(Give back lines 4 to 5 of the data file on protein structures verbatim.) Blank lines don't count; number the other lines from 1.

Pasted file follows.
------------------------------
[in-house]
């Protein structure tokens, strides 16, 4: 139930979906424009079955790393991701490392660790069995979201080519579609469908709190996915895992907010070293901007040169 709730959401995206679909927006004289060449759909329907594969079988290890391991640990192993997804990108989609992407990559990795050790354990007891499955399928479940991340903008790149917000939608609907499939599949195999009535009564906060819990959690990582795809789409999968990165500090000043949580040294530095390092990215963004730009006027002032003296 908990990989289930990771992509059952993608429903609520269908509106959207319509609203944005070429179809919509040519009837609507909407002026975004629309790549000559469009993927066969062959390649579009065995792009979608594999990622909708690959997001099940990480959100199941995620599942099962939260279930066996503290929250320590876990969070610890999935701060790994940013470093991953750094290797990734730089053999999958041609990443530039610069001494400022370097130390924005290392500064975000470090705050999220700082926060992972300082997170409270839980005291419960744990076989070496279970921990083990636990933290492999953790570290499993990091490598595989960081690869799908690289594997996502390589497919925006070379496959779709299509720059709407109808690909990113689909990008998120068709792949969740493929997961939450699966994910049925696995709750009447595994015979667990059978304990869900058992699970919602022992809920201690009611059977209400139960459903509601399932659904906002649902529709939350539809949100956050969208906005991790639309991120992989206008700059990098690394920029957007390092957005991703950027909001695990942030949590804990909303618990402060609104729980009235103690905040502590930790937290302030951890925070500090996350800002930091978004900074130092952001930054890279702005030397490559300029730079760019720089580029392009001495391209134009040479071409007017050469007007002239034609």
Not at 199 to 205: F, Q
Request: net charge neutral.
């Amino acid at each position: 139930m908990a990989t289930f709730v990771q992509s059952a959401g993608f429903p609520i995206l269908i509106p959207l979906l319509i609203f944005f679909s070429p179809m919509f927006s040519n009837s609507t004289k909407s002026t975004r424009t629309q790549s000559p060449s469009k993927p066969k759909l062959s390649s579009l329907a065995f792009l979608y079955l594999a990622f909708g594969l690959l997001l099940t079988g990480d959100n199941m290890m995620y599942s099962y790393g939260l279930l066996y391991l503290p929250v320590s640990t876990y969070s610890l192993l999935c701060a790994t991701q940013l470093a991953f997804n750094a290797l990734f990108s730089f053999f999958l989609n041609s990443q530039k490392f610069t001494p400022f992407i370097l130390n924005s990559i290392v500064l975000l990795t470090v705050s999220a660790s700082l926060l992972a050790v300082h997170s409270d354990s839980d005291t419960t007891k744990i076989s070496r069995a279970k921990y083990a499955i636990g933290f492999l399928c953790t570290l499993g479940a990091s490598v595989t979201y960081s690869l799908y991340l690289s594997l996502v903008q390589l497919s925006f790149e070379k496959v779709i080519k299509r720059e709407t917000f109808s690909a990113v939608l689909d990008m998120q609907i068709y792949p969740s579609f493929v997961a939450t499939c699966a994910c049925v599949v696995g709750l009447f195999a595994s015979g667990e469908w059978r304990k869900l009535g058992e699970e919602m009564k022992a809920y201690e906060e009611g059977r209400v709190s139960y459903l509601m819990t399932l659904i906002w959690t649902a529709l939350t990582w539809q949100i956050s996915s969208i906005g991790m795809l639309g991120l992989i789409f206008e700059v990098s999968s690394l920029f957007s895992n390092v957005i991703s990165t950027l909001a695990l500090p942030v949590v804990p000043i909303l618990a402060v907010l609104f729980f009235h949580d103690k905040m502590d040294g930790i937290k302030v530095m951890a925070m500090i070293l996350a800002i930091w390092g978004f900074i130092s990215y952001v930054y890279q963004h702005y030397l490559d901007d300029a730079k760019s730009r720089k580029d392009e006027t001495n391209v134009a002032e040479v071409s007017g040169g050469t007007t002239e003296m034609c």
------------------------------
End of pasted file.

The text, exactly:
Request: net charge neutral.
């Amino acid at each position: 139930m908990a990989t289930f709730v990771q992509s059952a959401g993608f429903p609520i995206l269908i509106p959207l979906l319509i609203f944005f679909s070429p179809m919509f927006s040519n009837s609507t004289k909407s002026t975004r424009t629309q790549s000559p060449s469009k993927p066969k759909l062959s390649s579009l329907a065995f792009l979608y079955l594999a990622f909708g594969l690959l997001l099940t079988g990480d959100n199941m290890m995620y599942s099962y790393g939260l279930l066996y391991l503290p929250v320590s640990t876990y969070s610890l192993l999935c701060a790994t991701q940013l470093a991953f997804n750094a290797l990734f990108s730089f053999f999958l989609n041609s990443q530039k490392f610069t001494p400022f992407i370097l130390n924005s990559i290392v500064l975000l990795t470090v705050s999220a660790s700082l926060l992972a050790v300082h997170s409270d354990s839980d005291t419960t007891k744990i076989s070496r069995a279970k921990y083990a499955i636990g933290f492999l399928c953790t570290l499993g479940a990091s490598v595989t979201y960081s690869l799908y991340l690289s594997l996502v903008q390589l497919s925006f790149e070379k496959v779709i080519k299509r720059e709407t917000f109808s690909a990113v939608l689909d990008m998120q609907i068709y792949p969740s579609f493929v997961a939450t499939c699966a994910c049925v599949v696995g709750l009447f195999a595994s015979g667990e469908w059978r304990k869900l009535g058992e699970e919602m009564k022992a809920y201690e906060e009611g059977r209400v709190s139960y459903l509601m819990t399932l659904i906002w959690t649902a529709l939350t990582w539809q949100i956050s996915s969208i906005g991790m795809l639309g991120l992989i789409f206008e700059v990098s999968s690394l920029f957007s895992n390092v957005i991703s990165t950027l909001a695990l500090p942030v949590v804990p000043i909303l618990a402060v907010l609104f729980f009235h949580d103690k905040m502590d040294g930790i937290k302030v530095m951890a925070m500090i070293l996350a800002i930091w390092g978004f900074i130092s990215y952001v930054y890279q963004h702005y030397l490559d901007d300029a730079k760019s730009r720089k580029d392009e006027t001495n391209v134009a002032e040479v071409s007017g040169g050469t007007t002239e003296m034609c």